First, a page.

Being a consumer-focused site, we often report about lawsuits filed against wireless carriers on behalf of customers. A few of the large carriers have had to respond to class action suits over early termination fees (ETFs), passing business taxes on to customers, and even reduced quality of service after a merger. Many times, it appears wireless carriers are unfairly charging consumers for one thing or another, or engaging in some form of bait and switch, and in those cases, lawsuits are perfectly justified. It’s unfortunate, but sometimes consumers must band together to prevent large companies from taking advantage of them. And then sometimes, consumers are just out of line and cause trouble not just for wireless carriers, but for their fellow consumers. In the last two weeks, three lawsuits have been filed against AT&T and Apple over the lack of multimedia messaging (MMS) on the iPhone. The lawsuits were filed in Louisiana, Illinois (which the plaintiffs are attempting to have classified as a class action suit), and most recently Ohio, by customers claiming that the two companies have misled the public about the availability of MMS on the iPhone. The suits claim both companies have been aggressively advertising MMS using TV, radio, newspapers, and the Internet despite the fact that MMS is actually not yet available on either the iPhone 3G or the iPhone 3GS. The most recent lawsuit says that the companies told consumers MMS would be available on June 17 when operating system 3.0 was released. This is just baffling. When iPhone OS 3.0 was announced on June 8 at the Apple Worldwide Developer’s Conference, both Apple and AT&T stated that MMS would be available “later this summer.” At no time since then has either company publicly announced a release date for MMS capability. Yes, we’re at the end of August and still have no word on MMS, but technically, summer doesn’t end until September 22, so the companies still have a little time to make good on that promise they made June 8. Aside from the sketchy information and claims of alleged infractions, these lawsuits are disturbing for a different, bigger reason. To be blunt, they’re just ludicrous. iPhones in other countries support MMS because they’re serviced by carriers other than AT&T. Is the lack of MMS on the iPhone in the United States frustrating, and also a little ridiculous considering how much time AT&T has had to prepare their network for the increased capability? Absolutely. Does it warrant some complaint? Sure, not that it will change anything or get you anywhere. As long as AT&T is the exclusive carrier for the iPhone in the U.S., iPhone users will be at the company’s mercy and will either just have to wait for them to get it together, or give up their iPhones and switch to another carrier. But does the lack of MMS on the iPhone warrant a lawsuit, let alone three? No. Absolutely not. Save the litigation for when the carriers are unfairly charging customers, or taking advantage of people who are less able to afford their cell phone bills, much less a lawyer. To use the courts as a forum to whine about AT&T’s lack of service, or their inability to keep up with the rest of the world is a gross misuse of the legal system. Overall, it’s just plain selfish. It’s akin to those who shoplift things they can well afford just because they can get away with it, thereby causing prices to increase for the rest of us. The people filing these lawsuits are not fighting for the greater good. Their lawsuits are nothing more than petulant foot stamping at not getting something they want, and an attempt to line their pockets while they complain. The plaintiffs are doing nothing more than causing both companies to have to spend money needlessly, which, in turn, can and probably will raise prices on the goods and services they offer. Specifically in AT&T’s case, it’s money that could be spent getting their network up to snuff to be able to offer MMS. Anyone who has a such a minor complaint about AT&T—or any other carrier, for that matter—has the best tool at their disposal to make their displeasure known: the freedom to take their business elsewhere.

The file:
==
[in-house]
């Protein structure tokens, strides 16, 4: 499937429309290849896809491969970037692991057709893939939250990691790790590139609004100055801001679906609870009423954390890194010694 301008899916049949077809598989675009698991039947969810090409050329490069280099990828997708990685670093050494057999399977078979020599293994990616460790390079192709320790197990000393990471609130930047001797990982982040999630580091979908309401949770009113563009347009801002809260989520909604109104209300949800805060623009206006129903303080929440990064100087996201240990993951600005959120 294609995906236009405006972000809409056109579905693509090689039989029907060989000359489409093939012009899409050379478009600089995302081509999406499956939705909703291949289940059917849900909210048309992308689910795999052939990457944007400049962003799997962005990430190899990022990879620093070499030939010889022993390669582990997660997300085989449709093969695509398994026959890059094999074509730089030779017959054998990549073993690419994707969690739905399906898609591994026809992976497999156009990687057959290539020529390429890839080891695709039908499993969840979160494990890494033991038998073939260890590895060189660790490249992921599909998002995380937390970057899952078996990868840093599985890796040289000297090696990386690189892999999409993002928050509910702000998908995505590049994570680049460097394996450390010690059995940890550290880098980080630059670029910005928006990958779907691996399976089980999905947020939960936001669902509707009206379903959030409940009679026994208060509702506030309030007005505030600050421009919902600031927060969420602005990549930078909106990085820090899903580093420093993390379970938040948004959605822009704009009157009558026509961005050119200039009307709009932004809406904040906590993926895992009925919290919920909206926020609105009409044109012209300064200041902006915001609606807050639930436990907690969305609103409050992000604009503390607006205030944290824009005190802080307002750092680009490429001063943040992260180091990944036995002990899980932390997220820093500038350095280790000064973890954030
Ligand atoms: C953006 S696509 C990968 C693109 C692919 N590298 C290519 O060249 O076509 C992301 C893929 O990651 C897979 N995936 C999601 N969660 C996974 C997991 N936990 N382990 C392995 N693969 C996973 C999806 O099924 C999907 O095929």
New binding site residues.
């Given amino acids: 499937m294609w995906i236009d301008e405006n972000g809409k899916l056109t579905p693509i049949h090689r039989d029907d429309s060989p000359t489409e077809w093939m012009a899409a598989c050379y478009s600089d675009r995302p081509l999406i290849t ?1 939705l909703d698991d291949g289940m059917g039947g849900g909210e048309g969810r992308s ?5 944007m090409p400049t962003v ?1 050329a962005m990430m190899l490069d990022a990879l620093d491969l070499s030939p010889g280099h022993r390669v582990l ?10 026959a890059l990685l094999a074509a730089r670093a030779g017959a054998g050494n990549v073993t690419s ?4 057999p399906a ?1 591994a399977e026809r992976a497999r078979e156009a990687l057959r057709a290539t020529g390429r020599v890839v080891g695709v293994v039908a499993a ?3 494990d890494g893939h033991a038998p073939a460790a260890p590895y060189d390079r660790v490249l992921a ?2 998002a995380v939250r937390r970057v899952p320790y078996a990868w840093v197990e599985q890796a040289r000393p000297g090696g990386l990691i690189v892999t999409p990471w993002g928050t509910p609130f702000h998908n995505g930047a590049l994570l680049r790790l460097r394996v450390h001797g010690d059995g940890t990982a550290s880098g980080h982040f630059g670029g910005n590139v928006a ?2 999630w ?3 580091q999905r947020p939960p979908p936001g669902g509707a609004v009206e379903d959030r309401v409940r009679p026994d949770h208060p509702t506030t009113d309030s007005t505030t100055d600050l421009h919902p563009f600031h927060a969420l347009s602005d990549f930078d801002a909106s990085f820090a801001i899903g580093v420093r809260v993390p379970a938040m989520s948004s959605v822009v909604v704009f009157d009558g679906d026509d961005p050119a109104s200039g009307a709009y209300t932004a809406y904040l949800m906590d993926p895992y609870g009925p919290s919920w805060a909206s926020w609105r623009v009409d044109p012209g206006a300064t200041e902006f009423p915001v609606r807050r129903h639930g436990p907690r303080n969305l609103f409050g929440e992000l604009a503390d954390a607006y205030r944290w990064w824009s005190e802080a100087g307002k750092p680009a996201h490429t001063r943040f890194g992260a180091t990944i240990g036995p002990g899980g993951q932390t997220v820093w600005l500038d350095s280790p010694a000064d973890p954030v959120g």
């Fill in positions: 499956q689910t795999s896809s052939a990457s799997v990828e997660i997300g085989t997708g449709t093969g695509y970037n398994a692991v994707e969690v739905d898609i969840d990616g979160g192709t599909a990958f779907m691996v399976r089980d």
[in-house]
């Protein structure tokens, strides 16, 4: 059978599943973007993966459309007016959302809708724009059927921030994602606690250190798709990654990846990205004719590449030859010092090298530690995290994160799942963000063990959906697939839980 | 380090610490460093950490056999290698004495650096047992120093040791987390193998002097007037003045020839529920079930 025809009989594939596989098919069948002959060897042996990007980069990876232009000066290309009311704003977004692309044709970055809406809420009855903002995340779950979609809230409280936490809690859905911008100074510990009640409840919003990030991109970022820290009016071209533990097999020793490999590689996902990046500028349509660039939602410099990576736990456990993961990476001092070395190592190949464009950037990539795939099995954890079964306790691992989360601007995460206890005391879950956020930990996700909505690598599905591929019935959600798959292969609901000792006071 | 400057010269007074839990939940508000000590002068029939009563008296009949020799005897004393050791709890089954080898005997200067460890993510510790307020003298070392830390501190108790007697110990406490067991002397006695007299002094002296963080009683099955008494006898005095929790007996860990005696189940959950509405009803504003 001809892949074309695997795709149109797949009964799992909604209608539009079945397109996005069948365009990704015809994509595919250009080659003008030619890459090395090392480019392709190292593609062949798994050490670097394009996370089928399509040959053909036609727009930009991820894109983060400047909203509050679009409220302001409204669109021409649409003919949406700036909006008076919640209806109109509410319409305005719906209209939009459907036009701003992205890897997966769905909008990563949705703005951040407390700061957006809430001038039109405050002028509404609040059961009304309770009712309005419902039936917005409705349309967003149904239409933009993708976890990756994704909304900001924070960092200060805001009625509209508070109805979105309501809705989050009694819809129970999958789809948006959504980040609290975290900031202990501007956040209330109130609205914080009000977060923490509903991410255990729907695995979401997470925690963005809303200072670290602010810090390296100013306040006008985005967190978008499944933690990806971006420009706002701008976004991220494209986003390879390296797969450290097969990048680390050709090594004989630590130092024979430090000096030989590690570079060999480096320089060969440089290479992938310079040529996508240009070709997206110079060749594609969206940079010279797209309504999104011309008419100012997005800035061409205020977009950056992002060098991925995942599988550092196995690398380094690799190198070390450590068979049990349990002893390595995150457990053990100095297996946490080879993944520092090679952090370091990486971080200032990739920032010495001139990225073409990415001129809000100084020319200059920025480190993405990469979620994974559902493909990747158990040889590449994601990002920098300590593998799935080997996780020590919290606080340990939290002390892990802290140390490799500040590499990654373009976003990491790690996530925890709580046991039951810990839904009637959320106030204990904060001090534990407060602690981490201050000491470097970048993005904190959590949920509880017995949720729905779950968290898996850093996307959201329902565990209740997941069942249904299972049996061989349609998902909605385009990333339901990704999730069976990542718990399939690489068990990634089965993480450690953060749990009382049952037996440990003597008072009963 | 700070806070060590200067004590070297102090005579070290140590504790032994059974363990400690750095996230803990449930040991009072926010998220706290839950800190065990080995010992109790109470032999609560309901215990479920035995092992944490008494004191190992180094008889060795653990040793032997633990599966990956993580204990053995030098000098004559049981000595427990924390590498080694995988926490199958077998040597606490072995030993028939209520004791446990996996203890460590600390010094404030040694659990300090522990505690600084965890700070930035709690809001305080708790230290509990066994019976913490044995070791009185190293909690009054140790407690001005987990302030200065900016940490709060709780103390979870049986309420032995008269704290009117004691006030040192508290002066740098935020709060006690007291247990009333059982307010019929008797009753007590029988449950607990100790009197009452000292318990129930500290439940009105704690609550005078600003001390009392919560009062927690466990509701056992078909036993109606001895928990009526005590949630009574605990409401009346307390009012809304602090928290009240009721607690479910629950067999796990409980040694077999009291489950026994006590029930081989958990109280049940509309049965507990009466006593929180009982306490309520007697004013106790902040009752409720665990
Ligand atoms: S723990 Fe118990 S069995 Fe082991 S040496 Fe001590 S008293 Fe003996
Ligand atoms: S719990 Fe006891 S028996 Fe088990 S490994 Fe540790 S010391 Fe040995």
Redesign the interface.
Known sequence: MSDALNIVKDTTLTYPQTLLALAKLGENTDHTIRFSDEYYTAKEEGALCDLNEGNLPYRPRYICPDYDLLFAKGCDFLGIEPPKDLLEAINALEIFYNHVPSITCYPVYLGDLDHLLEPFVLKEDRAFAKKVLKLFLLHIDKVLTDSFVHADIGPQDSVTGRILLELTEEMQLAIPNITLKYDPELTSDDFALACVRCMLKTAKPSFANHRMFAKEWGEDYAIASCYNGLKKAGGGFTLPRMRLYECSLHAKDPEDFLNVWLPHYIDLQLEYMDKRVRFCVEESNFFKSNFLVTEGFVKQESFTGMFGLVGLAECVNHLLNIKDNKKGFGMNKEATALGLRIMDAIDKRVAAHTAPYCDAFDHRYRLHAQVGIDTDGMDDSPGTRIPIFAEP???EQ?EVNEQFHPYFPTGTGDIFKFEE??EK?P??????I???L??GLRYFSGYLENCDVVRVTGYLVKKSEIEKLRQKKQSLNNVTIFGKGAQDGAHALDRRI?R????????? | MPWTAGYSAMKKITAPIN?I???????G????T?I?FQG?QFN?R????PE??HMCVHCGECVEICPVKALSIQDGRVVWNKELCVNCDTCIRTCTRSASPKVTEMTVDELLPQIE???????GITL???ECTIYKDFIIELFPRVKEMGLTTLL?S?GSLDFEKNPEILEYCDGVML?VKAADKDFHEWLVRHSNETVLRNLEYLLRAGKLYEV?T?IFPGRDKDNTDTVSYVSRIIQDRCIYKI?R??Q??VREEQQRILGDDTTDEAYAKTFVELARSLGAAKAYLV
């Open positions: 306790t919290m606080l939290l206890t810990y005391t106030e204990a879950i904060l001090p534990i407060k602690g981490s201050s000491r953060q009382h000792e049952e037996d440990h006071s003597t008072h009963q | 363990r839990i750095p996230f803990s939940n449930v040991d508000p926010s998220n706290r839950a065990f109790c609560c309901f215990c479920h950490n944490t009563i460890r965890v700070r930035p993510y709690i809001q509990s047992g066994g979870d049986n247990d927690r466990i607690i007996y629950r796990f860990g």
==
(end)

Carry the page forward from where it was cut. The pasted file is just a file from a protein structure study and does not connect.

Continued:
Consumers suing AT&T, Apple over lack of MMS
Previous post: BBGeekcast: August 28, 2009 – Episode 79